Danny Bankman

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BSEE, Massachusetts Institute of Technology, 2012
Email: dbankman AT stanford DOT edu

Research: Mixed-Mode Neuro-Inspired Information Processing

Evidence from the neuroscience community suggests that natural images are represented in the primary visual cortex using an efficient coding [1]. Energy efficiency is achieved in neural systems by representing a sensory stimulus in the activity of just a few neurons out of many. In mathematical terms, the neural activity is "sparse". Such an encoding preserves only the critical components of the information in a stimulus, and serves as a useful representation for higher level sensory processing.

The sparse coding approach can be taken to extract features from natural images that are useful for higher level computer vision tasks, such as object recognition. Sparse coding is accomplished by selecting a small subset of basis functions from an over-complete dictionary to represent an image. The problem of determining the optimally sparse representation of a signal is known as "sparse approximation" and can be solved using convex optimization. CPU-based sparse approximation solvers, however, can be both slow and costly in terms of energy and computing hardware, making it difficult to deploy them in real-time practical applications. I aim to implement a recently proposed sparse coding algorithm well-suited to parallel distributed hardware [2] using efficient mixed-mode signal processing techniques available in modern CMOS.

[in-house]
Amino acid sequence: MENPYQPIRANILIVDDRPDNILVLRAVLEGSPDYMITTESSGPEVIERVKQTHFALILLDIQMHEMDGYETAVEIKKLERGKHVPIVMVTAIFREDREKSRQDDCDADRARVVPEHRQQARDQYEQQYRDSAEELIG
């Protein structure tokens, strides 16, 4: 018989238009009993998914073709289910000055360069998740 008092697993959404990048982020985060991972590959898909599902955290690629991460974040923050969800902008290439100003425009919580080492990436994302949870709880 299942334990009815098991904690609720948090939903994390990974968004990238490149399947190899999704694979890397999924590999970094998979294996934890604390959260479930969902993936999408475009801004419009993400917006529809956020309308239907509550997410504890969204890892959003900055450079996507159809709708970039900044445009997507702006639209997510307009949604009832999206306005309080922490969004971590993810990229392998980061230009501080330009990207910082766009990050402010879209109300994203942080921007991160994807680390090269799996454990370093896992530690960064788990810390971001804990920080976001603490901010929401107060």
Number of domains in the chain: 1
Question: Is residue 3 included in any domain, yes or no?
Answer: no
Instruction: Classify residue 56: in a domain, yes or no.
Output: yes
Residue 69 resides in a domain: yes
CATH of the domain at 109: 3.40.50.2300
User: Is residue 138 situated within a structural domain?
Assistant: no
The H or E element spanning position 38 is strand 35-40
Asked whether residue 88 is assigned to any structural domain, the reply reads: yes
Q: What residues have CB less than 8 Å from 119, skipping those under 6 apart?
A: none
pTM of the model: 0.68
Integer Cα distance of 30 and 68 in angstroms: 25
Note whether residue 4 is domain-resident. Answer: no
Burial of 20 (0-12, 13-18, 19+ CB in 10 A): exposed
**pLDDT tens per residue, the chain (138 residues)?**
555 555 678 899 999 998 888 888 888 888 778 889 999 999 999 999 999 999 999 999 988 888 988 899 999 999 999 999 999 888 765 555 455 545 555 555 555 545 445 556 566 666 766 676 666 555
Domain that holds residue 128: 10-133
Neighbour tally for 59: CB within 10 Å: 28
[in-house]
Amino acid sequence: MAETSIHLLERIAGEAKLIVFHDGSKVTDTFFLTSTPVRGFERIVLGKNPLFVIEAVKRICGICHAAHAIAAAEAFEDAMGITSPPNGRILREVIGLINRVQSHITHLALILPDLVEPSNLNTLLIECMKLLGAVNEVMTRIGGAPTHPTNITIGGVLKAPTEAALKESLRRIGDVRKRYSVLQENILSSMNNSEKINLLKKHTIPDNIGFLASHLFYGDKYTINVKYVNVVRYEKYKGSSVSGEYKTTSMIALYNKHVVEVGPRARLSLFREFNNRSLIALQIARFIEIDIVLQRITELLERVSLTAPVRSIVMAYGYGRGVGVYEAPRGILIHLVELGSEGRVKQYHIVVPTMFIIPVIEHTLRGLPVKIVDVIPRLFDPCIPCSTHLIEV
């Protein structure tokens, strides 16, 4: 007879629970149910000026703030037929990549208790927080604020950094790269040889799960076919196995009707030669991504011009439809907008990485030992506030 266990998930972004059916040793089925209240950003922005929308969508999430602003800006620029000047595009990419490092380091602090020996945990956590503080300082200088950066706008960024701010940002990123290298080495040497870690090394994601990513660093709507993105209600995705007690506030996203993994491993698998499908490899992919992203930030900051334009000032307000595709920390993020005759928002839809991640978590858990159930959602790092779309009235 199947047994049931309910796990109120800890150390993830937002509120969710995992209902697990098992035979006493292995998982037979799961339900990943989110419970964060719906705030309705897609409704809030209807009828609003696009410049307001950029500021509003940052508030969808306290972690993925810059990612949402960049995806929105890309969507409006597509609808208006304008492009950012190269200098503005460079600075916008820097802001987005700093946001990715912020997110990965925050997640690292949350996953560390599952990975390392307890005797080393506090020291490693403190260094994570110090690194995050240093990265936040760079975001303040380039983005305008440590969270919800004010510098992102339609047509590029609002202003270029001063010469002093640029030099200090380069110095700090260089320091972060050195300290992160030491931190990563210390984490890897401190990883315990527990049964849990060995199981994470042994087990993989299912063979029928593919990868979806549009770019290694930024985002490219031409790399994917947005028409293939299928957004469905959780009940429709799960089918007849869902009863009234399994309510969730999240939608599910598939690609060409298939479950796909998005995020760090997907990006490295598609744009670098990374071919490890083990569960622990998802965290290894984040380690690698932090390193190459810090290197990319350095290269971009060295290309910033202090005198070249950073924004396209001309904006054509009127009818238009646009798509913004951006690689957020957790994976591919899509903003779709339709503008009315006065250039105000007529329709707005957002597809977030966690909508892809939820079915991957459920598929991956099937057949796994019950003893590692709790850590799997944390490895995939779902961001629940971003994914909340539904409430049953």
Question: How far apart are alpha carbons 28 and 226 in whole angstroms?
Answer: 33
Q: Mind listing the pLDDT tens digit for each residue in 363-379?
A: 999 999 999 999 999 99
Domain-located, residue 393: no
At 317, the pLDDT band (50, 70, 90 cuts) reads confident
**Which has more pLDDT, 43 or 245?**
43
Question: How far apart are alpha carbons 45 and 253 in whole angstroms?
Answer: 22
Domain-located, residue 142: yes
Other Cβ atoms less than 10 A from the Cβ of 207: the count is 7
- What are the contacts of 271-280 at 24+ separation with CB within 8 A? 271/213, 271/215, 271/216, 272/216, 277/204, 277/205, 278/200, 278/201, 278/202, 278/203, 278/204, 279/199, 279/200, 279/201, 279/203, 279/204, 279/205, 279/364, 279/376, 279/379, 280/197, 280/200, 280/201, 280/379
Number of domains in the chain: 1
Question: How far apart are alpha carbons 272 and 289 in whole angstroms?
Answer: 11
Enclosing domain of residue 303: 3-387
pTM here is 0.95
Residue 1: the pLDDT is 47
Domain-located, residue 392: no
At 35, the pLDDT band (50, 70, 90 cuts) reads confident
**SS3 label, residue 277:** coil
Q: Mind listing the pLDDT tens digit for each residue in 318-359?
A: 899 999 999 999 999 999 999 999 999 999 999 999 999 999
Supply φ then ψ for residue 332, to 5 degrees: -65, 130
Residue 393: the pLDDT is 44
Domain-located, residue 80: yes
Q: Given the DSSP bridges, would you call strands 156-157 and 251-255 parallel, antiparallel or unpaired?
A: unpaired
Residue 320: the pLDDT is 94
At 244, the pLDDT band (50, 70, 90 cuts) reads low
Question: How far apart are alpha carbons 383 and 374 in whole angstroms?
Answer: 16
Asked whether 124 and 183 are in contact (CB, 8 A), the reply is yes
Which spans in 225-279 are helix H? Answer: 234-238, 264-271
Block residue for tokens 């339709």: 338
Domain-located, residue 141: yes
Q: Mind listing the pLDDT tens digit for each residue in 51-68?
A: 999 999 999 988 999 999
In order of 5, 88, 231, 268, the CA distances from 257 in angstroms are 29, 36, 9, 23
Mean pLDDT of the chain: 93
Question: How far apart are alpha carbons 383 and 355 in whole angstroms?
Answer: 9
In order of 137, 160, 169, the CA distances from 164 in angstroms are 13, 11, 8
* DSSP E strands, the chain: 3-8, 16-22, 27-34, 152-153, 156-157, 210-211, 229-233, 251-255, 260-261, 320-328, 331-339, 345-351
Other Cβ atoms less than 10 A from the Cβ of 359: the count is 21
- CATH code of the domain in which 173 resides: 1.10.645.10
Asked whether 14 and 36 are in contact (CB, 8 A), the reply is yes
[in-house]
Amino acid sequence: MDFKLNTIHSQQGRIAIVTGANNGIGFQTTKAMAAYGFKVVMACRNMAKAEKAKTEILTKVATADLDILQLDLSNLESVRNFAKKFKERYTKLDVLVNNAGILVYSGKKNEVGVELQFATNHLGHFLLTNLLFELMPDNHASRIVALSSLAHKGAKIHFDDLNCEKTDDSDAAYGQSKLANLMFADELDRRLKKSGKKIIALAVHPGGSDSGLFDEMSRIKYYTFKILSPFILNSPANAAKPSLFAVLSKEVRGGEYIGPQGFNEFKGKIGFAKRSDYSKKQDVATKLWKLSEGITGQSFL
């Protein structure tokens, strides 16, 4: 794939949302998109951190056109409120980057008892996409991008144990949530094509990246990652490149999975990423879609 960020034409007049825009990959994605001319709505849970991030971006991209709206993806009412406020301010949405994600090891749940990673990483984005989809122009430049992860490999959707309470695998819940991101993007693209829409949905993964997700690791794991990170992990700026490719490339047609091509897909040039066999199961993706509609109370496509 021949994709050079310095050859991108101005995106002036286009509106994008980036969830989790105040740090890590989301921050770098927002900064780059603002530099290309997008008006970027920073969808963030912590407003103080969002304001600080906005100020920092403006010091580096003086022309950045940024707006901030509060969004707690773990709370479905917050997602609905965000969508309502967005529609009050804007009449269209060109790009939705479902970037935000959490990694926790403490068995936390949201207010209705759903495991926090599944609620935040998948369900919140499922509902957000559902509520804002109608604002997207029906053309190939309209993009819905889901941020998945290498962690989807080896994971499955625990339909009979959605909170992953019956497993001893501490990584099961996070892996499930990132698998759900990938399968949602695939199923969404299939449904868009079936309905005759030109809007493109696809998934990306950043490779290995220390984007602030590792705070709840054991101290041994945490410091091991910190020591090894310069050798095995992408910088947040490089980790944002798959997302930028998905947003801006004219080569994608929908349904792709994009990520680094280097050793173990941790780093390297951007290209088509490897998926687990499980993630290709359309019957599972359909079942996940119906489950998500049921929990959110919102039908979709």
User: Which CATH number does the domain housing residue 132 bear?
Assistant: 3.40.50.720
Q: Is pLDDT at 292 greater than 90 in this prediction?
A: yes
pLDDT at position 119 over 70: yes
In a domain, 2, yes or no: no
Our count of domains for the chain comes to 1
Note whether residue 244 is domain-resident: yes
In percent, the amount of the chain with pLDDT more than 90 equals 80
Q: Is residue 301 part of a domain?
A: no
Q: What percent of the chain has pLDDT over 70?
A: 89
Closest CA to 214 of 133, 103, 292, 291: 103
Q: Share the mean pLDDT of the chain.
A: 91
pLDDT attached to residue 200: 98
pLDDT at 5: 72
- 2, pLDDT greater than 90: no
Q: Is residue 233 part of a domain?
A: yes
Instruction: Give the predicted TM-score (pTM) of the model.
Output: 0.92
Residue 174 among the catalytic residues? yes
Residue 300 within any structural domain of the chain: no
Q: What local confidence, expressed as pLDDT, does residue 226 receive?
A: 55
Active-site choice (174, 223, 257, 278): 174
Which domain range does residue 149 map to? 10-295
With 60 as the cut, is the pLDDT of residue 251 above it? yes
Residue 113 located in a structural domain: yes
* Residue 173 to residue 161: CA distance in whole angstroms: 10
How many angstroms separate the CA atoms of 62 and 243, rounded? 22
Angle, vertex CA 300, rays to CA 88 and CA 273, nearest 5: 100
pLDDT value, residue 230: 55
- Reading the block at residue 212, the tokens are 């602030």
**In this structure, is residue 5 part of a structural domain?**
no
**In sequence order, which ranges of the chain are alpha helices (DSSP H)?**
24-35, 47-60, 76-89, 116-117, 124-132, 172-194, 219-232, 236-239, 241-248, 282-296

[1] B. Olshausen and D. Field, “Emergence of simple-cell receptive field properties by learning a sparse code for natural images,” Nature, vol. 381, pp. 607–609, 1996.
[2] C. J. Rozell, D. H. Johnson, R. G. Baraniuk, and B. A. Olshausen, “Sparse Coding via Thresholding and Local Competition in Neural Circuits,” Neural Computation, vol. 20, pp. 2526–2563, 2008.

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